Safe as Houses: COVID-19 underlines Australia’s housing need

Dr Judy Kraatz leads the SBEnrc social and affordable housing research team

Public debate has erupted along the fault lines of housing, exposing an acute pre-pandemic problem with Australia’s housing needs according to a Griffith University expert.

“This issue is at the forefront of the public’s mind because people who were formerly safe and secure in housing are now vulnerable,” says Dr Judy Kraatz who leads the Sustainable Built Environmental National Research Centre (SBEnrc) social and affordable housing research team.

Dr Kraatz said in the past social housing was available to a broader population but is now prioritised for people with severe and priority needs, creating long waiting lists.

Since 2014, her team has introduced a number of practical frameworks to build the case for increased investment in social housing.

The Rethinking Social Housing: Effective, Efficient, Equitable report identified 53 outcomes and more than 180 indicators across nine impact domains supporting the link between housing and non-housing benefits.

The benefits of housing fall into nine impact domains: Community and culture, economy, education, employment, environment, health and well-being, housing, social and urban amenity.

While the research shows safe and secure housing affects all nine domains Dr Kraatz warns against simplifying the complex issues involved.

“We’re building an evidence base so government decision-makers can better demonstrate the economic, social and community return.”

State governments in Queensland and Western Australia, along with industry stakeholders, have just completed working with Dr Kraatz’s team to map the social and affordable housing networksin these states.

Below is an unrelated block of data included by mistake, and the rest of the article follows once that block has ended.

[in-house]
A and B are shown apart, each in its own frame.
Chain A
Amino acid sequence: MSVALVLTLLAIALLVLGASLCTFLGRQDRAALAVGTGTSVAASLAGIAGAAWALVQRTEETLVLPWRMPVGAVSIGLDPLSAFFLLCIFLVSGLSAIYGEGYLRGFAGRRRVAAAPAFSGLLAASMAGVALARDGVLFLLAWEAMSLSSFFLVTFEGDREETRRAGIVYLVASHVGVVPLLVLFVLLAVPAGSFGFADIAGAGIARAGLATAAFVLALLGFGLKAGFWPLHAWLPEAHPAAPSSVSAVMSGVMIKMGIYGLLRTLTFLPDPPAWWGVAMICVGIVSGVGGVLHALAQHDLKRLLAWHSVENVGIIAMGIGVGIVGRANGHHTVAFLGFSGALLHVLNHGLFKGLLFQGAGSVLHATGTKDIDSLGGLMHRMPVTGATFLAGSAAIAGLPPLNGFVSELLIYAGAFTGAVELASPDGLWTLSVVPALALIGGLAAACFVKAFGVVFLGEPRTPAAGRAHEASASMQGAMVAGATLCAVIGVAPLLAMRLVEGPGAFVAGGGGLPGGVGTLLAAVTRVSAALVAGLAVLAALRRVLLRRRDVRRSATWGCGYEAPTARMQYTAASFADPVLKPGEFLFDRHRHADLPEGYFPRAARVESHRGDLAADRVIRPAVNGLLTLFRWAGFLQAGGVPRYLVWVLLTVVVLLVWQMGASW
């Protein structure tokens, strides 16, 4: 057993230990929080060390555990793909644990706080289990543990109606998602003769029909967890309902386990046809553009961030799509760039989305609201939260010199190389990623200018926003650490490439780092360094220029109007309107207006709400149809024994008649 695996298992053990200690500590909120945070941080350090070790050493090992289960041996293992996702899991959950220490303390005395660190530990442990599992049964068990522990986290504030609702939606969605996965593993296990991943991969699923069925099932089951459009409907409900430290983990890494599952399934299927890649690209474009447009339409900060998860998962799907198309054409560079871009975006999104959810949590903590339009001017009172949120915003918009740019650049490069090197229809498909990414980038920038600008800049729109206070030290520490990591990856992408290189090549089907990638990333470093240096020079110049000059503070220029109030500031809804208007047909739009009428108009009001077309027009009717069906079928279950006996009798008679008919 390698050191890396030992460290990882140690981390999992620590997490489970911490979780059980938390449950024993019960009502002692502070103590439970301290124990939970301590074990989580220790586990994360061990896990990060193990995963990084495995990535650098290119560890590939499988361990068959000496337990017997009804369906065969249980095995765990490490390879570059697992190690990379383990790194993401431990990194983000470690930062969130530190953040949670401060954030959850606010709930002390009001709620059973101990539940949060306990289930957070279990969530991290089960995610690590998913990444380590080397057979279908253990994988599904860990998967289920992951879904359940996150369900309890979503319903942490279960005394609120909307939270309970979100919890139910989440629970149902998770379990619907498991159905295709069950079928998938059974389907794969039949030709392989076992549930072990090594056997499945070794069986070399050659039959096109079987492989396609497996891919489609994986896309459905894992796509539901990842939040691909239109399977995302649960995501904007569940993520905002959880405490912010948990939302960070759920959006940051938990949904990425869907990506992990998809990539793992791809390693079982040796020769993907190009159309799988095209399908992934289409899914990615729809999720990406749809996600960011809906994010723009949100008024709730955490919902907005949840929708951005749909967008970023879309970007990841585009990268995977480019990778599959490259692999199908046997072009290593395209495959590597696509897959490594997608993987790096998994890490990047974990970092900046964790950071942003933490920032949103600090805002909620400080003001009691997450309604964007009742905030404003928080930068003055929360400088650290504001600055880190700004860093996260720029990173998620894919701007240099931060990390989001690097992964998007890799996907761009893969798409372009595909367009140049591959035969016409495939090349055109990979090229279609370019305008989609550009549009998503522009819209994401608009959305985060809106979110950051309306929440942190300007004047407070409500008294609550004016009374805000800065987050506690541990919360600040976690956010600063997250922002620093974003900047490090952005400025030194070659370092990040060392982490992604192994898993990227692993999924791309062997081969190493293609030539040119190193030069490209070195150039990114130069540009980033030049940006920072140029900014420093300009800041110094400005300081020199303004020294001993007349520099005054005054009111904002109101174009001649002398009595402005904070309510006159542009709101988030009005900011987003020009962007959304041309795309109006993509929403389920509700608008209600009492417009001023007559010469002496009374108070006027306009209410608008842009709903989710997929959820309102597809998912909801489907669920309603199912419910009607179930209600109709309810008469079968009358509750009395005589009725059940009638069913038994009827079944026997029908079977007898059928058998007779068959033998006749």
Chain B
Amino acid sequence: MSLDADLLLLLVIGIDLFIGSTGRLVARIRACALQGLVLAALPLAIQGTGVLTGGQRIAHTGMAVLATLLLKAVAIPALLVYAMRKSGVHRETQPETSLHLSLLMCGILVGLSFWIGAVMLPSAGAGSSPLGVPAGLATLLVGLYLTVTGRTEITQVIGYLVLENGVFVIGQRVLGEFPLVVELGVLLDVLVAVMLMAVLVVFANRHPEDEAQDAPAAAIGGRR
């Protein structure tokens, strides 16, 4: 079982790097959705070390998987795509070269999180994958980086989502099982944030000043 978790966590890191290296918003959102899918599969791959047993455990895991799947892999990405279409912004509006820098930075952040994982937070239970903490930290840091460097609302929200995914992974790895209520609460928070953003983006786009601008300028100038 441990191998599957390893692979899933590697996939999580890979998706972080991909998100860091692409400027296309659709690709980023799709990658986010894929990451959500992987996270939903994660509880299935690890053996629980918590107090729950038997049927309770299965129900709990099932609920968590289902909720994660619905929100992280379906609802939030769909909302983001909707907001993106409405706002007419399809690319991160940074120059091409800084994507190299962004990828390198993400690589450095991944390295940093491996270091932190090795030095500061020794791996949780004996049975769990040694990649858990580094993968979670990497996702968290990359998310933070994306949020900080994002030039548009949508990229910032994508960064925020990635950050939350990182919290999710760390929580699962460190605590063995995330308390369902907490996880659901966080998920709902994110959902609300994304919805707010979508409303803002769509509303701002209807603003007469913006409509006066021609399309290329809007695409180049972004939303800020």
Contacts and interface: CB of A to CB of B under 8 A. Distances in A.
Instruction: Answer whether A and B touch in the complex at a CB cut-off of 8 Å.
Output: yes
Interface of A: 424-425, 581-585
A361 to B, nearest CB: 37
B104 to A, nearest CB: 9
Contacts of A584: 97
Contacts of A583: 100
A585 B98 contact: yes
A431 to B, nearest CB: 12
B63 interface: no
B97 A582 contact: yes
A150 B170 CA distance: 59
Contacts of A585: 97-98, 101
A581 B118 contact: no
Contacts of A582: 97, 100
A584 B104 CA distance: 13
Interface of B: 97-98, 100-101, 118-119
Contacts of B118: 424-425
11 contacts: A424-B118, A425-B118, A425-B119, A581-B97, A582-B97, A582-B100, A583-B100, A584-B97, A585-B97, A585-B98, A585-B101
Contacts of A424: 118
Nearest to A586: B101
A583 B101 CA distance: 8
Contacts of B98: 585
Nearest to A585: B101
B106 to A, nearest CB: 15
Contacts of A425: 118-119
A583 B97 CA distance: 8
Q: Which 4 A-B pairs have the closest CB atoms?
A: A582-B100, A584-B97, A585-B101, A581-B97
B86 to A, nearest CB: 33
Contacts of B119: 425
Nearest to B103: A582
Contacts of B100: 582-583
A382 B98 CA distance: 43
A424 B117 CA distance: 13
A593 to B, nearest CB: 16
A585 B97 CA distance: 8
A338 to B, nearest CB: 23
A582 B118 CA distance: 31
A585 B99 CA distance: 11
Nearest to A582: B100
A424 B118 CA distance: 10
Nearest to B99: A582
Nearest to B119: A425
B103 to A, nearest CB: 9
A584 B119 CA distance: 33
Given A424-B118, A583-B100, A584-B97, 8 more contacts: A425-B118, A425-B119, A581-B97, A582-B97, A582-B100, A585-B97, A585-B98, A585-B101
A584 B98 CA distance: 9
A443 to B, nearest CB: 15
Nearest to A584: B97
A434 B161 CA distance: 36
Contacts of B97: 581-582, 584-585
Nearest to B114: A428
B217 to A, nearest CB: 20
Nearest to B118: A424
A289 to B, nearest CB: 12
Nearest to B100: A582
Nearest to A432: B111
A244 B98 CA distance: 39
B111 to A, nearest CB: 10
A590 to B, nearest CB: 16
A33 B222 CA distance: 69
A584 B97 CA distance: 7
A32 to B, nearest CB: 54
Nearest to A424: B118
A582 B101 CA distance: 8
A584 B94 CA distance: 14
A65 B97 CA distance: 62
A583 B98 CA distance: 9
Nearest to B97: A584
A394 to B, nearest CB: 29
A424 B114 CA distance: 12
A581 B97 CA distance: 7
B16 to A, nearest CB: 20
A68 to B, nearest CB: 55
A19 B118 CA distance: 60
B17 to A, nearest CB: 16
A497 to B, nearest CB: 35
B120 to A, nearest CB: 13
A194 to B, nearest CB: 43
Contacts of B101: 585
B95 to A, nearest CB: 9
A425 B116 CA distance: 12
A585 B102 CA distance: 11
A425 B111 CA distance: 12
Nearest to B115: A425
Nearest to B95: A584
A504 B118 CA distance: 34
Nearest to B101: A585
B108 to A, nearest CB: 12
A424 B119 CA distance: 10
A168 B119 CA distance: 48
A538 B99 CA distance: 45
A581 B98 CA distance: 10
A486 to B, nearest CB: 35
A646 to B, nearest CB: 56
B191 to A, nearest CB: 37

Building a national approach for social and affordable housing

Dr Kraatz said while individual states were using the nine domains to inform future policy making, Australia lacked a consistent national framework.

“There are several challenges for governments, including the difficulty in working across departments and portfolio budgets in terms of investment and benefits realisation.”

She said future research needs include launching a long-term study of the broad benefits of safe and secure housing for individuals over time, and investigating options for an effective national approach.

“We will continue to work to strengthen the case for social and affordable housing as critical social and economic infrastructure in Australia.”

SBEnrc is a key research intermediary between industry, government and research organisations. Its vision is to lead world-class research to enhance Australia’s built environment industry.

Dr Kraatz is a Senior Research Fellow within the Cities Research Institute.